Shonin wrote:lojong1 wrote:Shonin wrote:The key facts stated by the Buddha here are as follows: 1. The earth is above liquid 2. ...above... 3. ...above...
You mention this elsewhere as a layering one atop another. Patitthita sutta: "Monks, when one quality is established in a monk, the five faculties are developed & developed well. Which one quality? Heedfulness."
Would you say that the monk literally stands above heedfulness?
No. 'Established in' means 'founded or standing within'. 'Established on' means 'founded or standing upon'. The key word describing their relative positions is not 'established' it is the word 'on' (or in your example 'in'). I presume you know what 'on' means? In case there was somehow a doubt about what this means, the other translation I posted makes it doubly clear: "this great earth is supported by water, the water by air, the air by space"
If you have the passage in Pali please post it.
Some people, when shown a rock, would insist it was an asura.
Then there were two Buddhas at the same time, which they both claim is impossible...different dimensions...time-traveling Buddha saw all the confusion and went back to fix it...I'll make this work somehow! [what must they think of me?]Shonin wrote:Incidentally, while looking into this last night I discovered that there are two versions of this sutta and that this passage is absent from one of them, hinting to the possibility that it may be a later addition. Perhaps this would be more palettable for our friends.
Sanghamitta wrote:Quite so Shonin.
Personally I find it both puzzling and sad that there are those who can only see the enormous riches contained in the Suttas if they take a literalist view of the metaphorical and mythological view of the world view of 2500 years ago which was the psycho social context of the Buddhas teaching and not only was not of the essence of those teachings but was in fact peripheral to them. What is true and timeless about the Suttas is the light they shed on Dukkha and the path to end it. Not magical stories of giant fish or cosmology long ago shown not to have correspondence with physical actuality.
That is to mistake a diamond of huge worth with the box it comes in.
The essence of The Buddhas teaching is in the 8fp , the three signs, D.O. not speculation concerning what amount to creation myths.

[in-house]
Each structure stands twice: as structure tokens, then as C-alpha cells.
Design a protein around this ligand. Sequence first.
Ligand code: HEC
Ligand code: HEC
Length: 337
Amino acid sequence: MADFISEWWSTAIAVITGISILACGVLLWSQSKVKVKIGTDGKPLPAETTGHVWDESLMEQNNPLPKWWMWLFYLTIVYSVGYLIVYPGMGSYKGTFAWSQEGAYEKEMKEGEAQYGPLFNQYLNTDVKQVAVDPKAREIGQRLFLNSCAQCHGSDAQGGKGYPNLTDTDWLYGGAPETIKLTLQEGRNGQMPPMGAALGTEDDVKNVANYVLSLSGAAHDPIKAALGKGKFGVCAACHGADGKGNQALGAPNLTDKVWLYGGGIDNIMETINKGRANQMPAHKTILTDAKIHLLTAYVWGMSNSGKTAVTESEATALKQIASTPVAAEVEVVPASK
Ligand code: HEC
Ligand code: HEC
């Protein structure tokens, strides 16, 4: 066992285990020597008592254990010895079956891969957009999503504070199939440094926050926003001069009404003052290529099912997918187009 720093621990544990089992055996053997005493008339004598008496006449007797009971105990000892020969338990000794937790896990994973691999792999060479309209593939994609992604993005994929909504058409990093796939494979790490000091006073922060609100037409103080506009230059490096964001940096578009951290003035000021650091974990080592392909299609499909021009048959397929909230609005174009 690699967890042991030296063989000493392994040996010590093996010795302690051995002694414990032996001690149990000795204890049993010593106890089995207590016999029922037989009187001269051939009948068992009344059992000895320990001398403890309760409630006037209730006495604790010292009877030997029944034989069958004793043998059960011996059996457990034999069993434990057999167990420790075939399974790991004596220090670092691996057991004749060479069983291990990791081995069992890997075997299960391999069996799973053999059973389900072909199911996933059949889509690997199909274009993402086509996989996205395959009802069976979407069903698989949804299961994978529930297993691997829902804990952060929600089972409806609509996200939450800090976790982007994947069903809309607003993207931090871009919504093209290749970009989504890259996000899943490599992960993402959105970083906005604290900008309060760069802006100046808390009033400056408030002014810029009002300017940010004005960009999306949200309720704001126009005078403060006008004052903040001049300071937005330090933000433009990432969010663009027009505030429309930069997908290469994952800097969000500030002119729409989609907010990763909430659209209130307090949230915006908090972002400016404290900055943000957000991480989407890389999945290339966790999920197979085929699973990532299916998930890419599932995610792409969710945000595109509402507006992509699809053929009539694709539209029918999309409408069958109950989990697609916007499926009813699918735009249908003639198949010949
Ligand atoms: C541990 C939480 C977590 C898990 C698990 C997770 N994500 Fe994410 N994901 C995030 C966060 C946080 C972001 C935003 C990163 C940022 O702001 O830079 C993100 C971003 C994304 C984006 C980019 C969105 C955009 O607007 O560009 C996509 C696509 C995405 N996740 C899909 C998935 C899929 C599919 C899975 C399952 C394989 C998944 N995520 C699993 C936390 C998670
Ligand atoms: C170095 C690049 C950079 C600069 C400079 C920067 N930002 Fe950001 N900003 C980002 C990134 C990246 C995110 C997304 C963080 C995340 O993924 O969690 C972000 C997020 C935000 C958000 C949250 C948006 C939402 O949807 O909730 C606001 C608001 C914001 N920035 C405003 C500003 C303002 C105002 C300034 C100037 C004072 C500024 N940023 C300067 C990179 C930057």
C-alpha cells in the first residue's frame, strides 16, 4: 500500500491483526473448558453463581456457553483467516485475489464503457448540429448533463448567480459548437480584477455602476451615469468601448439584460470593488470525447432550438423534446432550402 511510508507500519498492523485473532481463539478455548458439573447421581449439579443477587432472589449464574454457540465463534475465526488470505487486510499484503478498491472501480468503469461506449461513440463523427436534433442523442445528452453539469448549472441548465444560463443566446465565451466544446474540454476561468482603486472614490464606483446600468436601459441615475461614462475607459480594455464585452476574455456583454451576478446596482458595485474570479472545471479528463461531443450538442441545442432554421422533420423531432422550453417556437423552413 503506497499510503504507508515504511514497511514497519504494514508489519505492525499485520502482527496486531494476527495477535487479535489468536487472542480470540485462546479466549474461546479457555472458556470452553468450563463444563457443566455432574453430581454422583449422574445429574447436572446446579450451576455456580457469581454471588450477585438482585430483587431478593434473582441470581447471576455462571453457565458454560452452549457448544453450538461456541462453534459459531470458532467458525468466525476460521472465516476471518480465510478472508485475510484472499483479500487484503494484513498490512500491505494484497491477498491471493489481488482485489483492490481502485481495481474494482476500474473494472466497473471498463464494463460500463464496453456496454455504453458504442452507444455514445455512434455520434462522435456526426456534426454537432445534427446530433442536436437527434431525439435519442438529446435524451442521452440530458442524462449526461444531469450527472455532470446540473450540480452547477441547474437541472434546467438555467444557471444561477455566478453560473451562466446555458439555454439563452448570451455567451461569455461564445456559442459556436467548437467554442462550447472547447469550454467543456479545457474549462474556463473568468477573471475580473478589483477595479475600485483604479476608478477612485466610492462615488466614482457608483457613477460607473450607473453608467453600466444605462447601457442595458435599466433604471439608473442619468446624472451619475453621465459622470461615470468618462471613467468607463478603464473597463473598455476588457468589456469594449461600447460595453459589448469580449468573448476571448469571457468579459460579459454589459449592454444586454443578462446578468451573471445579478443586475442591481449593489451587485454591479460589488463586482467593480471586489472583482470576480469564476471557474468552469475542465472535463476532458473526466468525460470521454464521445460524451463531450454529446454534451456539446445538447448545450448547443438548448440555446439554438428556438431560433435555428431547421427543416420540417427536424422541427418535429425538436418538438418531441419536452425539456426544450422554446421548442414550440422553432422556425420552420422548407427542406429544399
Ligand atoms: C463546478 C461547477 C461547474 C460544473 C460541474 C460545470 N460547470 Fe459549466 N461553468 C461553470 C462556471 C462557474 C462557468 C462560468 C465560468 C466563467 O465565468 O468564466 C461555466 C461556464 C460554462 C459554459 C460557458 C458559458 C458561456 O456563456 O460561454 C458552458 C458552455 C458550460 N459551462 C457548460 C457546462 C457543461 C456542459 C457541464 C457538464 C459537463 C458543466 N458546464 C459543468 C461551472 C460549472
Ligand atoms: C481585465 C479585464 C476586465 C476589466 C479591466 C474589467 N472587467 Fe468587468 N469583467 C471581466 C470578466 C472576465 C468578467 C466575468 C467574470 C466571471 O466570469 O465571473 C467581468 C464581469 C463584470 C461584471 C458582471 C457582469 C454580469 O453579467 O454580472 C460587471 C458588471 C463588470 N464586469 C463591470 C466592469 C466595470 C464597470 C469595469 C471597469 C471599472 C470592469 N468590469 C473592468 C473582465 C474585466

We have a lot to actualise with needing to engage in this kind of banter. We are here. Dukkha is real. There is a way out.
Giant fish and the supernatural origin of earthquakes are self indulgence.
rahula80 wrote:Shonin, can you provide the reference to the other version of the sutta?
http://www.buddhanet.net/pdf_file/mission-accomplished.pdfThe multiplicity of the subjects discussed
in the Sutta is a clear indication to its later compilation
which invariably challenges its authenticity. Supernatural
phenomena intermingled with the flow of gentle as
well as realistic occurrences found in the Sutta cannot be
taken as historical truth. It is more plausible to regard
place names such as Gotamatittha and Gotamadvàra found
in the Sutta as names introduced after the demise of the
Buddha.13 Undoubtedly, the list of the causes of earthquakes
can be easily set aside as late material interpolated
in elucidation of the super-human qualities of the Buddha.
The eight causes of earthquakes naturally depict
how the redactors of the Sutta turned apologetic in regard
to giving up of the term of life in order to attain Parinibbana
by the Buddha...
...These eight causes of earthquakes are totally absent in the
Tibetan version of our text. Rhys Davids, too, observed
that these passages dealing with earthquakes are ‘quite out
lojong1 wrote:I just noticed something I forgot to post in explaining [mostly to myself] 'established in/on/over' etc.. In fact, what I missed was the very reason I quoted the Patitthita Sutta in the first place.
Patitthita Sutta, which I quoted for it's relevant vocabulary, grammar, translation, says: "when one quality [heedfulness, how apt] is established in a monk...". No wonder it was so easy to dismiss my next question, since I forgot to mention that in Pali this more literally says "When a monk is established in/on (or 'supported by') one quality...". That is why I asked if it is reasonable to say the monk must be physically standing on [<--your "key word"] heedfulness, which lays beneath him in a flat layer. If this is unreasonable and you weren't reading the Pali, then on what basis could you possibly have chosen to favor the "explicit and doubly clear" translation of the quake passage?
Shonin wrote:But, as I've pointed out, there is a much much simpler interpretation, which requires far fewer assumptions and no significant re-interpretations. I'm inclinded to go with that.
lojong1 wrote:The New Akashic recordsp.139 chips away at the flat layer assumption, and the assumption that Buddha was repeating the "commonly held knowledge of the time."
Another possibility for the grammatical change at vāto ākāsaṭṭho is that patitthati establishes a more direct relationship between the elements than a simple locative. i.e. there are one or more supports between vāto and ākāsaṭṭho that play no significant part in causing an earthquake. Fire is the first to pop into my head.
Rahula80 wrote:Heavier things, logically, would support lighter stuff. No?
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